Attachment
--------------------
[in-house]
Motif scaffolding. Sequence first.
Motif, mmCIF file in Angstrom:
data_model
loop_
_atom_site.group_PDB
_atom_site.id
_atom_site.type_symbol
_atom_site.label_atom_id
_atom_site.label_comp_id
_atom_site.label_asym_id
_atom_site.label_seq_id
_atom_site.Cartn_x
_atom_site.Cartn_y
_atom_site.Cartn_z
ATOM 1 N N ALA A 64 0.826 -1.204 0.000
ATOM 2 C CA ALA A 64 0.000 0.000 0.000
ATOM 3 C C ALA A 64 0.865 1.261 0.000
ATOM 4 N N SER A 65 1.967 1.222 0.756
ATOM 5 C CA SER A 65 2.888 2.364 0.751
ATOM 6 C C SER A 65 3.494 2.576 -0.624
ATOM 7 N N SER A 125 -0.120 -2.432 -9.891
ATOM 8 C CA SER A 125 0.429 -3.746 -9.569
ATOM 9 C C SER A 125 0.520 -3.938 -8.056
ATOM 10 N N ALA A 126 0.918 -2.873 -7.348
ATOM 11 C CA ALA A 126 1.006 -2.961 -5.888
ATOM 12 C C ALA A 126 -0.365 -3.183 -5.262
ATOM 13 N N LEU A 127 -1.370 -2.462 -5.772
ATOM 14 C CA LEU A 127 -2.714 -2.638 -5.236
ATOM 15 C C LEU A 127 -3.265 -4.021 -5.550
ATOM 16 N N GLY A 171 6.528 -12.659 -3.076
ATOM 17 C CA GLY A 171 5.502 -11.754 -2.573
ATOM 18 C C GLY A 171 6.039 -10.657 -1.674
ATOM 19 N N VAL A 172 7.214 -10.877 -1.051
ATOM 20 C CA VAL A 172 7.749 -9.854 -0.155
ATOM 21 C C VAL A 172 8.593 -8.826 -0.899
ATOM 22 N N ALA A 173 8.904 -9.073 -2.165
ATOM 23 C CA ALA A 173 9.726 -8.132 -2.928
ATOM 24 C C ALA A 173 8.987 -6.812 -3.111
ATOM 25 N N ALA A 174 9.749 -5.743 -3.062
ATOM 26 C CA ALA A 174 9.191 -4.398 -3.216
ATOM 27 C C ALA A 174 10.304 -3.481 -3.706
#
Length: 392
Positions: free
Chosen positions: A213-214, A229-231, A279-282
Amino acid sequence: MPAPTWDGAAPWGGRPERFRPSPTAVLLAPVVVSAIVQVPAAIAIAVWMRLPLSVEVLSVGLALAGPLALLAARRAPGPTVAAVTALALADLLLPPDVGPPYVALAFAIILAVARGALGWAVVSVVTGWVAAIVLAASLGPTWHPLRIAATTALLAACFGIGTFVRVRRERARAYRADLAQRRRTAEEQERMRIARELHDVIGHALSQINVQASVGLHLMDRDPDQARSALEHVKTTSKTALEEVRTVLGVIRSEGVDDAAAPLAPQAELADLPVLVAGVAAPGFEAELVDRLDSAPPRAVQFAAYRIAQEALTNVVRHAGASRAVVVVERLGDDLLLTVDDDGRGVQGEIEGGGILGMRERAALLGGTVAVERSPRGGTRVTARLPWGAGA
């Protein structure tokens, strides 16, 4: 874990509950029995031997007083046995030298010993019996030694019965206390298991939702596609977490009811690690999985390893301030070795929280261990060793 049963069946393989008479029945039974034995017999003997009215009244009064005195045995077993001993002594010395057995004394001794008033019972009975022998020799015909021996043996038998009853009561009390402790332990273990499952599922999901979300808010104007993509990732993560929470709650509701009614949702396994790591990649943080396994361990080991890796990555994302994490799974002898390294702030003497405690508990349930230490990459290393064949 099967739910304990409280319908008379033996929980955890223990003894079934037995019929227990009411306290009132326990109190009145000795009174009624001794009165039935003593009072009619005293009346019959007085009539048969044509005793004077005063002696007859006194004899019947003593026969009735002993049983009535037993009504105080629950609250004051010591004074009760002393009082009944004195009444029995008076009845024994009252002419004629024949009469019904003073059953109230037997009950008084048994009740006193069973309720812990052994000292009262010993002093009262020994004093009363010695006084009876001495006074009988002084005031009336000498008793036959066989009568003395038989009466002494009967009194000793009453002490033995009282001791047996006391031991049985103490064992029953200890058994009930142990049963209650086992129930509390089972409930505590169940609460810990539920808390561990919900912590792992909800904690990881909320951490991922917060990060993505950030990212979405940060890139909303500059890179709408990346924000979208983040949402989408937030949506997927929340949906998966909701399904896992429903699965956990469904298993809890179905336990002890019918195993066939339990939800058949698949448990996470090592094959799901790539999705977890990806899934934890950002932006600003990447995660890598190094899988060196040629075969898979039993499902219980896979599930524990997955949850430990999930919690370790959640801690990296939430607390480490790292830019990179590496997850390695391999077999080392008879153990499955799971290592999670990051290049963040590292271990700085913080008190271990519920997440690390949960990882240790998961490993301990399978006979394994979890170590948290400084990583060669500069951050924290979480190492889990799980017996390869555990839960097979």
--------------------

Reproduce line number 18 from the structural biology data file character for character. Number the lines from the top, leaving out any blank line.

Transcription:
ATOM 3 C C ALA A 64 0.865 1.261 0.000